The Guinness Book of World Records fascinated me and my brother when we were kids; we’d check each yearly addition out of our local library frequently to pore over feats of strength, longevity, and the various array of oddities. How fun and exciting it has been for me, then to be witness to a new Guinness World Record this past Monday. Viking Cruises was just awarded the Guinness Record for most new ships christened in one day. The Viking Cruises longships christening ceremony was both elegant and joyous. And, if drinking champagne and cheering counts, I could even say I participated in this new world record.
“The Most Ships Inaugurated in One Day by One Company,” the official name of Viking Cruises’ world record, won’t be broken any time soon: it christened 16 Viking longships in one day! This was achieved masterfully in a multi-phase day-long Viking Cruises longships christening ceremony that spanned three European countries with appropriate fanfare and godmothers helping to break ceremonial bottles of champagne across the bows of the new Viking river cruise longships.
From Amsterdam to Germany to France, the people that designed and built the new longships were on hand to celebrate with the owners and investors, chefs de cuisine and waitstaff — and members of the travel media and travel industry, of course. The Viking Cruises longships christening ceremony has been one of the most egalitarian, joyous industry events in which I have ever participated.
Viking Cruises held the previous record for most ships inaugurated in one day as well, in 2013 for ten new vessels. This year, the sixteen new longships that mark the new world record will be joined in a couple of days by two additional river cruise ships christened in Porto, Portugal.
All of these new Viking river cruise ships will take slow paths through its already popular European itineraries, and all of the ships for the summer of 2014 are already booked to capacity. Viking Cruises is extremely popular! And for good reason; rather than herding passengers on and off the ships like herds of cattle, only to have them reboard the boats and leave before they truly get to know each destination, Viking Cruises stays all day and lets guests either choose small/larger group tours or wander for hours — all day if desired — on their own. This attracts a more culturally curious and more adventurous crowd than do the typical mega-cruise ships.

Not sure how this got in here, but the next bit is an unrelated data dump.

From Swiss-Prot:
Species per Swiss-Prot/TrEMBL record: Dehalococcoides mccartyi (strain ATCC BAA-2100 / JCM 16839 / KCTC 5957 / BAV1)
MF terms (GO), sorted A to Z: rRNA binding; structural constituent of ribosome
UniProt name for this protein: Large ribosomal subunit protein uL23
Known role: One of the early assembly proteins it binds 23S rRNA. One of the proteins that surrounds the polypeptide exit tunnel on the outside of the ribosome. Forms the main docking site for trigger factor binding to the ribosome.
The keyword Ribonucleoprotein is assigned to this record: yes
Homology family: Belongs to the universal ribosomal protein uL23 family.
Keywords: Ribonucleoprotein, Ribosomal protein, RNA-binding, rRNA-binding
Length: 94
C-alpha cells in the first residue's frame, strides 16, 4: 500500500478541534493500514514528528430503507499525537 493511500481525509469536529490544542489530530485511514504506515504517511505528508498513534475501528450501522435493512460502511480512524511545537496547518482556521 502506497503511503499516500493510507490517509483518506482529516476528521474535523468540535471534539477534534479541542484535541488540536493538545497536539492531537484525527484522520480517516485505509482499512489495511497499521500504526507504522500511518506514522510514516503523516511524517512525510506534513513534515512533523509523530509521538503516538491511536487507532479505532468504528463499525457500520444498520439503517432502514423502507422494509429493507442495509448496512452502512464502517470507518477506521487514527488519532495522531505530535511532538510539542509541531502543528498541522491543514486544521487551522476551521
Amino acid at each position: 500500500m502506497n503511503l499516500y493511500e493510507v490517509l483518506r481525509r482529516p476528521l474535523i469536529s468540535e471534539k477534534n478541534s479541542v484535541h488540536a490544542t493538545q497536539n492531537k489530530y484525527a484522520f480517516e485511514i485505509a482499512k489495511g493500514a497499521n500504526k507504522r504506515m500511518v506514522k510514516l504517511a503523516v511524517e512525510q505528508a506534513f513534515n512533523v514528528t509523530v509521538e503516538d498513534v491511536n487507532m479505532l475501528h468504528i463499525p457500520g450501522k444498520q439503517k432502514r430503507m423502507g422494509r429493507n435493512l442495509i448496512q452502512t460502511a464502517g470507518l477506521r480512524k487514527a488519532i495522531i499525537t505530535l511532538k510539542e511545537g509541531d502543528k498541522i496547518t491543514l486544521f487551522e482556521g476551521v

Viking Cruises has seen double-digit growth every year since its inception seventeen years ago, and currently maintains just under 50% of the market. The company often adds new itineraries; this will be the first year that Viking Cruises takes guests along for trips in France. There are four Viking longships dedicated to river cruise traveling in France this spring and summer, including the one in which I am writing this right now; it will later take passengers on the brand-new Chateaux, Rivers & Wine itinerary in Bordeaux.
As with the other Viking river cruise ships, these new longships take take a maximum of only 190 guests (in 95 staterooms) which makes for more intimate cruising. No one would ever accuse Viking Cruise ships of being “floating hotels,” a maligning comment some make about the mega ships that crowd into popular tourist ports and disrupt the flow of those port cities. Smaller ship cruising is my preferred form of cruise travel for a multitude of reasons, including the more personal staff, the lighter environmental footprint, and feeling like a recognized fellow human (as compared to the aforementioned cattle).
Viking Cruises hits all the right notes for fans of smaller ship cruising. It tops award lists (Conde Nast Traveler, Cruise Critics Editors’ Picks, etc) due, in part, to its destination-focused itineraries. Exploring Avignon with a tour guide and being so well taken care of throughout my stay on the Viking Heimdal has been almost a revelation. Previously, I’d thought that cruise ships could offer one or the other, but not both. Here, all day is spent in port, with passengers being able to stay off the ship all day and enjoy a sense of European life, slower, without rushing from photo opportunity to photo opportunity. Then, on the longships, the beds are incredibly comfortable, there are fridges and flat-screen televisions in each room, plus L’Occitane shower products and other appreciated touches. The meals are high quality without being overly fussy.
The smaller passenger list means that everyone who wants to, quickly gets comfortable with each other and develop a sense of travel camaraderie. That lighter environmental footprint that I appreciate about smaller ships is enhanced, by Viking Cruises, with energy-efficient hybrid engines, onboard solar panels and organic herb gardens. The hybrid engines also reduce vibrations while sailing, for a smoother ride. This is probably a boon for those who get seasick.
The Viking Cruises longships christening ceremony celebration this week, and the world record such christening has according it, was in no way over the top. In fact, knowing the love and care that has gone into each ship, from design and creation to their naming and official christening, I would say that the joyous christening and later evening party were perfect. And so, surely, will be cruise travel experiences on each Viking Cruise itinerary this summer. A perfect cruise vacation in Europe is almost as good as a place in the Guinness Book of World Records.
I was invited to the Viking Cruises longships christening ceremony along with many other travel journalists.